Reports that the new console has been in development for five years certainly added weight; if it’s not true, why is there such a definite number? A compelling pub argument.
You can add two and two together here and get a nice square four, but for maths to work you’ve got to solve all the clauses of the equation, not just the ones you like. What the excitement fails to account for is that the games industry of the seventh generation is a very different place to that of the third, fourth, fifth and even sixth. Major games now cost so much to develop, and new hardware is so difficult to come to grips with, that a new console venture is an undertaking on an entirely different scale. Microsoft and Sony built their current consoles with this in mind, leaving room to expand their lifespans with peripherals and home entertainment features like streaming services. For every developer who wants the excitement of new hardware, just as many dread it.
Asked about the rumours, EA strongly denied either Crytek or a second development team’s receipt of a new Xbox dev kit. Blizzard added its voice to the naysayers, and even Michael Pachter pooh-poohed the talk.
This very quick sample yields as much evidence for as against, and there’s plenty more indication that any future Microsoft console is still at least three years away.
Avalanche has dropped heavy hints that at least one new console is due in 2014. This date was backed up by a number of anonymous sources, apparently close to first-parties. Massive retailer Gamestop, whose leap into the digital realm shows it knows which way the wind is blowing, is in agreement.
On top of that, in a detailed assessment of Microsoft’s manufacturing capabilities, Digital Foundry concluded that the company simply doesn’t have the resources to have produced a new console to launch in 2012.
A key point from Xboxygen’s report which has been greviously overlooked is that the site never claimed a working console would debut – it reported only that Microsoft would give “some information on the new console, and some of its capabilities”.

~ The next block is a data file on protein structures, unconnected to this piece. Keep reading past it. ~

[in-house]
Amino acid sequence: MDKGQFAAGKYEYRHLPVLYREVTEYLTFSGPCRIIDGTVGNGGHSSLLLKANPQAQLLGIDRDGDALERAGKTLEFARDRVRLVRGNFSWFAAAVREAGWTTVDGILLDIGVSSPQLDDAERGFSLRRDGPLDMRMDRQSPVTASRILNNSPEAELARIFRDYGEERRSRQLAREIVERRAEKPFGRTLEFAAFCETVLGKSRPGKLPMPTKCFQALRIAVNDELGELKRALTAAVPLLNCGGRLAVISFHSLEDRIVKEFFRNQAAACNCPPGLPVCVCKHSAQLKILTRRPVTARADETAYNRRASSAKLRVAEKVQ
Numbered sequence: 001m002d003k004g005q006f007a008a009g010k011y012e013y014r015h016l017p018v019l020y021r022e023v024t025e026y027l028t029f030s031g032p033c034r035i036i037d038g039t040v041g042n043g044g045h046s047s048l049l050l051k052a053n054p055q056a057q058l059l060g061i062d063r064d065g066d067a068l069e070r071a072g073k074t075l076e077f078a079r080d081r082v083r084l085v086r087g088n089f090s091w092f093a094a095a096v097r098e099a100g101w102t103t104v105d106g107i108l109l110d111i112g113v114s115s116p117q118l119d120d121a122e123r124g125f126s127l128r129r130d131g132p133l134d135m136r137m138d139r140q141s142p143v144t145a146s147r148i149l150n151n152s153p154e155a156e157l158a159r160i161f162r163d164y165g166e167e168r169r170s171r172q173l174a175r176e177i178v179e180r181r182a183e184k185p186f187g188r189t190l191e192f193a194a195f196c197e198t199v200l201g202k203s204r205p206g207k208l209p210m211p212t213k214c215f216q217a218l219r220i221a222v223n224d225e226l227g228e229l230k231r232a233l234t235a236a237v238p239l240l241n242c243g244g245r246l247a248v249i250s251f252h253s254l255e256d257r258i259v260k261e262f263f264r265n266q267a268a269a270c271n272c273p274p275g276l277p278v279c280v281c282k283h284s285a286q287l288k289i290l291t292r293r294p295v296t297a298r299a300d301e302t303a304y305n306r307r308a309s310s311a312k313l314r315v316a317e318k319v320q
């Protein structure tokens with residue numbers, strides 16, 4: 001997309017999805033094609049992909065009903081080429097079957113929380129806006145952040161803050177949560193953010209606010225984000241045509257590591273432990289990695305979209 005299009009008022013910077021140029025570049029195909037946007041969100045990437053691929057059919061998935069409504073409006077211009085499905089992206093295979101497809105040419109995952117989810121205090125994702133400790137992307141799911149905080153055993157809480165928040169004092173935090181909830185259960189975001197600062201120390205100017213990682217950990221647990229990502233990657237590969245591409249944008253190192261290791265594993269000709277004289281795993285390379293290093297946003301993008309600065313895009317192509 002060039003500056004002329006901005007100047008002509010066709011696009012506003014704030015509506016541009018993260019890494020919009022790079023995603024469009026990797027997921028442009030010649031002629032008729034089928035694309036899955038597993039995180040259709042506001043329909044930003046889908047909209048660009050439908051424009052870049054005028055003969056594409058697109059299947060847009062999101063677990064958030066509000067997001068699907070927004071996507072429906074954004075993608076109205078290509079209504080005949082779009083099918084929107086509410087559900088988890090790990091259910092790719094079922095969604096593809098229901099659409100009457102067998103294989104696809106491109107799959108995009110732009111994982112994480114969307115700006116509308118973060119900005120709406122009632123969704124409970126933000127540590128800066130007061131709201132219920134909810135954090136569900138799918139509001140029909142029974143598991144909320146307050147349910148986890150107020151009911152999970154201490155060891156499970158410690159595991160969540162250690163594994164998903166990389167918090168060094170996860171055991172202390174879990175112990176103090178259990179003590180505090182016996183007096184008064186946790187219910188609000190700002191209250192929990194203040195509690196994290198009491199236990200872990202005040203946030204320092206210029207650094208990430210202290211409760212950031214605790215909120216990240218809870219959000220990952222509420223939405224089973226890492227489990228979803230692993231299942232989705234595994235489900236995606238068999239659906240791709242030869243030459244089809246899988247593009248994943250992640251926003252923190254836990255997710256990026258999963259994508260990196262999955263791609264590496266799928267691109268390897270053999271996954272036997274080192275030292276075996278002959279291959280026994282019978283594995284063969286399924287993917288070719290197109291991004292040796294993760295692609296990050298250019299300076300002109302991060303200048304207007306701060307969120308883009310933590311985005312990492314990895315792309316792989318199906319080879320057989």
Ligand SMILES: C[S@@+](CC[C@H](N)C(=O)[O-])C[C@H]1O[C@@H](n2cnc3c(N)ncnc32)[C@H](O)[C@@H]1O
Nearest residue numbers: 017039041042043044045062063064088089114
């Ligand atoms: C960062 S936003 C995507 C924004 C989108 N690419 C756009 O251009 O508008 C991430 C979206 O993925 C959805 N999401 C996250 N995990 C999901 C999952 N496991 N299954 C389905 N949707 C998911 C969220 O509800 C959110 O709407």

If reports of the company recruiting for a hardware engineer to work on new console are true, of which there’s no guarantee – Microsoft needs engineers for new Xbox 360 models and ongoing Kinect development – then work had really only just begun sometime around March. That’s perfect timing for an upcoming tech announcement and, yes, a 2014 debut.
According to yet another unverified report, Microsoft called a round table of developers after E3 2011 to gauge what kind of feeling developers had for upcoming hardware – what features they might like, how much power is needed.
This one does add up, and slots in neatly with the 2014 timeframe being bandied about. What we’re expecting to see at CES is an announcement of a partnership with one tech company or another – very likely AMD, since the company has already flapped its lip – as to what might form the basic architecture of the upcoming Xbox.
What we’re given to go on at that point will be the barest of bare bones. Maybe the new hardware will, indeed, end up smaller and cheaper than past consoles, and have an emphasis on TV content; very likely it will indeed come bundled with an improved Kinect.
But it won’t release in 2012.